First published: Spring 2009
Looking at the art of Christine Sefolosha one is immediately drawn into the cycle of life, from womb to earth, from animal to man, from waking life to the dream state, from the poetry of the paraphysical to the brutal reality of nature’s way. Peering at unforeseen juxtapositions of life and death, at the paradox of omnipresent fragility and force, we are a little uneasy, a bit confused, confronted as we are with the harsh, unsentimental truth of our existence. Moved by the startling beauty of these primal images, and by the rush of feelings and associations that fill us, we know instinctively and wholeheartedly that we are in the presence of a master artist, seer and storyteller.
One of the predominant currents in Sefolosha’s body of work to date is a decidedly animist worldview. Birds and animals are majestic beings to be respected, revered and emulated. With a sensitivity most often found in members of tribal societies, Sefolosha gives us the essence of her expressionistic creatures – their soul – revealing an uncanny affinity with authentic animal nature.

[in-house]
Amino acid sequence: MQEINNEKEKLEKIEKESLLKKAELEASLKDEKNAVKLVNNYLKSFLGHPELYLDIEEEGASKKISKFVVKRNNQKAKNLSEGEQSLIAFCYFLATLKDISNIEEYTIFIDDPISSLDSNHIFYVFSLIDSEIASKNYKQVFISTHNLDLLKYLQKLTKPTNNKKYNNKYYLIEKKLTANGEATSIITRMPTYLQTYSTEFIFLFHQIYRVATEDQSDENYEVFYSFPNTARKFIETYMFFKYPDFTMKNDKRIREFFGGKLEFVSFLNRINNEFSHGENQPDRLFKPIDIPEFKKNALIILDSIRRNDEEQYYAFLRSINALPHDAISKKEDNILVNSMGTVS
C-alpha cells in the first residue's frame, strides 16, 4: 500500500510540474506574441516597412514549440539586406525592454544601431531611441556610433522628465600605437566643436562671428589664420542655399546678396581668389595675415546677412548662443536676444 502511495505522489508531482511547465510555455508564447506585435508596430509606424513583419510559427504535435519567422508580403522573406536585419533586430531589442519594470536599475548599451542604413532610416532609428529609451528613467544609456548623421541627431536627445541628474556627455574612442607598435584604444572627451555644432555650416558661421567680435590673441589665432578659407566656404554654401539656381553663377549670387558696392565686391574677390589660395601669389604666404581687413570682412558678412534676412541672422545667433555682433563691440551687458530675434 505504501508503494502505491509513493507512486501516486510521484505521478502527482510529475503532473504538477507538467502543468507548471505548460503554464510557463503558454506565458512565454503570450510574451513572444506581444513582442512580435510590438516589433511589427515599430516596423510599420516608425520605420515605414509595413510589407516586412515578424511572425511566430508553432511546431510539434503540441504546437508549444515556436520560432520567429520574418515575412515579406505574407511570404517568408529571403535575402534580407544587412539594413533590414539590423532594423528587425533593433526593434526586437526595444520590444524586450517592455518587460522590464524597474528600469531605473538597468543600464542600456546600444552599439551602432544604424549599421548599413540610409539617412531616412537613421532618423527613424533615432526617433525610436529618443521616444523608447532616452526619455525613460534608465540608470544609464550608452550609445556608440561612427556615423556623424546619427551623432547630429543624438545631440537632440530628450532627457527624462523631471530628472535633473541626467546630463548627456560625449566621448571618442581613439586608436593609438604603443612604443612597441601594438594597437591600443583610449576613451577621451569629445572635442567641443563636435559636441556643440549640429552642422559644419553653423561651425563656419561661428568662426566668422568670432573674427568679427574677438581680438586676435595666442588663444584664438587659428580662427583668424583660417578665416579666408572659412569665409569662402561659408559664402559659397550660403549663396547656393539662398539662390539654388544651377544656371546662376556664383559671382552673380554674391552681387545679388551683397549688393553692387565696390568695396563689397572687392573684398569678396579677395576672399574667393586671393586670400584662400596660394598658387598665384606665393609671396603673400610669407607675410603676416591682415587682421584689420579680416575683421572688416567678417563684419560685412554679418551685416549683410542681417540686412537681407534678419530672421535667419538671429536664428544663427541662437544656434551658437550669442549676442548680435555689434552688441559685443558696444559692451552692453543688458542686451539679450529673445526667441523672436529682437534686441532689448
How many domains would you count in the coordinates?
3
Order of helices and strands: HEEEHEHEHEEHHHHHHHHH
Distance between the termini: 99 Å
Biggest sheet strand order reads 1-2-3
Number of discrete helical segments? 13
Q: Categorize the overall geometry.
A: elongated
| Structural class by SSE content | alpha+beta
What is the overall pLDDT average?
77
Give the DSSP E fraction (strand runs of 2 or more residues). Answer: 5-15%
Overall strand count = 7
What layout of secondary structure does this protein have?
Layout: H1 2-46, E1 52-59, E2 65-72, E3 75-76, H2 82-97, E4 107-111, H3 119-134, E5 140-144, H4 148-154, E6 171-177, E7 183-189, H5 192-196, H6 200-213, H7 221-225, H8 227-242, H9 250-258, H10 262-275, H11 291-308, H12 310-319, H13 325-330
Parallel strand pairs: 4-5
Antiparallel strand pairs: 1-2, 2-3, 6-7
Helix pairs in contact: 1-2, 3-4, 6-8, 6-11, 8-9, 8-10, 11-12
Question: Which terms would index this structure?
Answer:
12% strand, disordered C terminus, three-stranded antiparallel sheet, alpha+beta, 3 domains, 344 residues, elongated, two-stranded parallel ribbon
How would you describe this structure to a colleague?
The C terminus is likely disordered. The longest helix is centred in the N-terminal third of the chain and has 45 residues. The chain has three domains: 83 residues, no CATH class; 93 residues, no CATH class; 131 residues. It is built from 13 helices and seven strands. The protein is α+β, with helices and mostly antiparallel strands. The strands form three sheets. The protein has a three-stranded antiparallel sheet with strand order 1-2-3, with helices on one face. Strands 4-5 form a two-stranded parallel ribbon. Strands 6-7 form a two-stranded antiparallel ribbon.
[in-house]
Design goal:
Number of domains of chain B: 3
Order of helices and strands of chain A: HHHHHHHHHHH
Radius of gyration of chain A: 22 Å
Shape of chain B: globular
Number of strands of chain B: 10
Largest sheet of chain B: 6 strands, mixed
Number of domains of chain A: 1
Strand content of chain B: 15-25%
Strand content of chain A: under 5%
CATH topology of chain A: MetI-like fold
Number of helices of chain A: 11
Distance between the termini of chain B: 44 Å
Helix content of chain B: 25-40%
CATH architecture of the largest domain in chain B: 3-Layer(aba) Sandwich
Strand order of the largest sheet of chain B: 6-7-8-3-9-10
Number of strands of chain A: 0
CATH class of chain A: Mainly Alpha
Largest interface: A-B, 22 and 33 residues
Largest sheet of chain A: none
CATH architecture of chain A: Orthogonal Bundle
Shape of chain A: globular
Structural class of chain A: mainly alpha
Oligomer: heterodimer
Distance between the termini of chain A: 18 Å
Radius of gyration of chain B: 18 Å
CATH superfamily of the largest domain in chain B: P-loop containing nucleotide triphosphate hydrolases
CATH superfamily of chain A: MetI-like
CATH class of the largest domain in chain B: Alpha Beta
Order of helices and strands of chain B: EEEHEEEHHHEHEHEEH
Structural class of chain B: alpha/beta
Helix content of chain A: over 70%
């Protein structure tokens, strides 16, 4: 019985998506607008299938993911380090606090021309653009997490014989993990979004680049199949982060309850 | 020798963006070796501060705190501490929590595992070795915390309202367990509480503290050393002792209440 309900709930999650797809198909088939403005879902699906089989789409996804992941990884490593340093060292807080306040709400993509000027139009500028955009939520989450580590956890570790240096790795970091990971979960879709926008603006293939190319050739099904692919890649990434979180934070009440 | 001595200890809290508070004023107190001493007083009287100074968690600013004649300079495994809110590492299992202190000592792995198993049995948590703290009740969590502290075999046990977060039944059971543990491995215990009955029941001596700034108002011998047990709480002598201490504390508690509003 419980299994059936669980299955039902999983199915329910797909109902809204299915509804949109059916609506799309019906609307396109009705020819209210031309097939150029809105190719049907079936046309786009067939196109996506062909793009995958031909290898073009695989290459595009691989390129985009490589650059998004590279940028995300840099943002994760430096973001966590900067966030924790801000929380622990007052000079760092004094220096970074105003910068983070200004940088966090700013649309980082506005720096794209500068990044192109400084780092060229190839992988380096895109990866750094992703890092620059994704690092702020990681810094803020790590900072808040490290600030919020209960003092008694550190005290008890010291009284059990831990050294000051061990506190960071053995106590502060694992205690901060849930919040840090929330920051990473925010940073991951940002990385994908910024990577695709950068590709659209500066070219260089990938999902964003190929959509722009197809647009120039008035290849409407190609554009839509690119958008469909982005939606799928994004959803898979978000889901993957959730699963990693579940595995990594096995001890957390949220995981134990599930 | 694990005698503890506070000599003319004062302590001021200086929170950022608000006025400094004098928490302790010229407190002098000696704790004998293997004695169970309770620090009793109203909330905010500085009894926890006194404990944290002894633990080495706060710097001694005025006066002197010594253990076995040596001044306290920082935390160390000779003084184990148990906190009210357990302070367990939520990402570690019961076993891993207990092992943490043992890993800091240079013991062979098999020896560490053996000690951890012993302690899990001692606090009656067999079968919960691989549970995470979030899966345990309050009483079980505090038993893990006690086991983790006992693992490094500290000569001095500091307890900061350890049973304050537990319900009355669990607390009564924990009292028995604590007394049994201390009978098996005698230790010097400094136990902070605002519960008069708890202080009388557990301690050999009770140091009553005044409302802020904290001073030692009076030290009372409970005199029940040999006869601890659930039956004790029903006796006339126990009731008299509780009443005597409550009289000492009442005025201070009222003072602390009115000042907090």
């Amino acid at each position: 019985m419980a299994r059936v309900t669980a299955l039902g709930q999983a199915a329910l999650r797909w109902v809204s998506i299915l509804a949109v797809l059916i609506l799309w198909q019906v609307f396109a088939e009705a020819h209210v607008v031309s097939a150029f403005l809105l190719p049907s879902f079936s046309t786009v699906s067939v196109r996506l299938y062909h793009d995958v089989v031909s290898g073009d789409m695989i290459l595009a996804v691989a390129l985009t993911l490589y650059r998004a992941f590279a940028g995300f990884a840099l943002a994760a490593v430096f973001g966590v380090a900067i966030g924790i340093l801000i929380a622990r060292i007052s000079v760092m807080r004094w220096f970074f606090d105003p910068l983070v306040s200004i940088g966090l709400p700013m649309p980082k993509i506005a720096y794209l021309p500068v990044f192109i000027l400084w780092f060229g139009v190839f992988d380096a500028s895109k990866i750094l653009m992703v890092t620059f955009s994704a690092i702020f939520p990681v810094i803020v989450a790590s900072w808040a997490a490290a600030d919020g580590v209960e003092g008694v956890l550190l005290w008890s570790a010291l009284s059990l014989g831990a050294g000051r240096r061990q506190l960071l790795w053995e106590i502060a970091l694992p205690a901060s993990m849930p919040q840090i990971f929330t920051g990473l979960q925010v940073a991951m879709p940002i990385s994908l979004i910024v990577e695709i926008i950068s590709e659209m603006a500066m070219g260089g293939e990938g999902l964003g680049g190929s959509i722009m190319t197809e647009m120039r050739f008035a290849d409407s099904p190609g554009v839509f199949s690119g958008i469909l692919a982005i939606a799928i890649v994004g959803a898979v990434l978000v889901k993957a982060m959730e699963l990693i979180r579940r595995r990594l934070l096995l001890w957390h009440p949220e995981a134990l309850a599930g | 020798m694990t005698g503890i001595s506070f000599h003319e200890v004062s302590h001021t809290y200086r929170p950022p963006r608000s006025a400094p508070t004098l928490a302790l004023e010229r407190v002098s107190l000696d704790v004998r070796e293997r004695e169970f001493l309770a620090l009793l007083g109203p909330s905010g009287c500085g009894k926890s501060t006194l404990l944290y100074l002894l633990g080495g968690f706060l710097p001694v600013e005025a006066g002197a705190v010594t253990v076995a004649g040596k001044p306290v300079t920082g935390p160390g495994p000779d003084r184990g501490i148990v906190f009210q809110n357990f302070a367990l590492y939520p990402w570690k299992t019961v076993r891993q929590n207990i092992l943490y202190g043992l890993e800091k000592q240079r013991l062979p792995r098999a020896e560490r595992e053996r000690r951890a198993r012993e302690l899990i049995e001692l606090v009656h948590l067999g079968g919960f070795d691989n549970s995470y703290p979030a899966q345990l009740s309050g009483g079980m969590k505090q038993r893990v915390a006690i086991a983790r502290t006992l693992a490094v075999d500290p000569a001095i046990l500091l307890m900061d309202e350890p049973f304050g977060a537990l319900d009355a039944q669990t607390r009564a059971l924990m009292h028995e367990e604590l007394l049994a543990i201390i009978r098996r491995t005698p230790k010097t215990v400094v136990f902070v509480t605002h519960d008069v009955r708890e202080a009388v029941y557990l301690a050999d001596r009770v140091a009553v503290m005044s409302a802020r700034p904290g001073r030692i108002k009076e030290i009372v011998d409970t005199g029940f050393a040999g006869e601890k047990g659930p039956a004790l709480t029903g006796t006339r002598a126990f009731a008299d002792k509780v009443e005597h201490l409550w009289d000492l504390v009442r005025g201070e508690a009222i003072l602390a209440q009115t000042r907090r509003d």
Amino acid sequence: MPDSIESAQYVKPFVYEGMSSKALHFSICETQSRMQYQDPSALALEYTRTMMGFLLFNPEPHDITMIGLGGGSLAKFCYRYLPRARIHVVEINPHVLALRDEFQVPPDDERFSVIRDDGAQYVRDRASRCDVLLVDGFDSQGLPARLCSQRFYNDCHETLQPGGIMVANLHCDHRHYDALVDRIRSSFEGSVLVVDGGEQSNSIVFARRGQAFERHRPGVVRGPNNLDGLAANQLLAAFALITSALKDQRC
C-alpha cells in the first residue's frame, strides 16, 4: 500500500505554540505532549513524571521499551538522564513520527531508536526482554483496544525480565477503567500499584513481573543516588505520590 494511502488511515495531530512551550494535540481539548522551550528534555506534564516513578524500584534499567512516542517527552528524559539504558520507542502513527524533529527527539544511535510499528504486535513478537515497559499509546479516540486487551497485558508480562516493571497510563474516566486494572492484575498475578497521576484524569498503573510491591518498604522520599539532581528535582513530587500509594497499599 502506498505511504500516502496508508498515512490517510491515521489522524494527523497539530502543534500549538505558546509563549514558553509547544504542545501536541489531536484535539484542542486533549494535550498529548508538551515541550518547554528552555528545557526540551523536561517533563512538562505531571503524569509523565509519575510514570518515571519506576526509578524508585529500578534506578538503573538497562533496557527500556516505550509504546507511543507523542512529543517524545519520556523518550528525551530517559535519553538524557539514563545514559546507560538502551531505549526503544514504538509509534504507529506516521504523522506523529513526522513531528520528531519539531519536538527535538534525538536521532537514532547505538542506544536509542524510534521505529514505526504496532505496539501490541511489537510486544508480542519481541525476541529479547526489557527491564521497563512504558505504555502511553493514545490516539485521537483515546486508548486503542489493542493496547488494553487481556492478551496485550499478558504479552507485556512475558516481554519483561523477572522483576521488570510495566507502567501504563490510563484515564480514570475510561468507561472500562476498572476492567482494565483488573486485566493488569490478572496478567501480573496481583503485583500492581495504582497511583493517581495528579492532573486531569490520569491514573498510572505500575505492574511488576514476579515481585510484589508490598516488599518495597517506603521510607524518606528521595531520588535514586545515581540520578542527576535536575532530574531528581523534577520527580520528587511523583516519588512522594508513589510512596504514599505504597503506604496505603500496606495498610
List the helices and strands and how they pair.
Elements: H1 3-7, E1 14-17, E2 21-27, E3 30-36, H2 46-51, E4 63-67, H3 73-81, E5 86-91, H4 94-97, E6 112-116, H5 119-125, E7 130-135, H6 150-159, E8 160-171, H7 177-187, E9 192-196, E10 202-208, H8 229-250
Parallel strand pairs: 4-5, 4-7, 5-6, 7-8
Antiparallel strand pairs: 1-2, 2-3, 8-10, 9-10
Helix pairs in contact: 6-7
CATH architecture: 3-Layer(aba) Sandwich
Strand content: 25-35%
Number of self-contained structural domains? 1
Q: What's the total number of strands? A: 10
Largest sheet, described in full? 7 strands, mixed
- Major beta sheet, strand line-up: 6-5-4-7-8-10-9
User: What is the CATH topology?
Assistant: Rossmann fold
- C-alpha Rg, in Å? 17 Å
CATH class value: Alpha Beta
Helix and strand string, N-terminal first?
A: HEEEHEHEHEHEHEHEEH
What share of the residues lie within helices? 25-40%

The examples are many. Over a decade ago she gave us Metamorphosis in Blue, an arresting painting in which what appears to be a lamb/horse in a fetal position has a beak jutting out of its right shoulder. We wonder whether the creature, positioned in a muddy blue wash, is floating in its placenta, whether the hoofed animal is in fact morphing from its ancient bird ancestry, or whether the composite being is dead in the water. As ambiguity becomes clarity, transformation is right before our eyes, and we embrace the mystery of the shamanistic message. Moving agilely between what Carlos Castaneda would describe as ‘ordinary reality’ and ‘nonordinary reality’, Sefolosha presents us with a combination of the real and the mythic.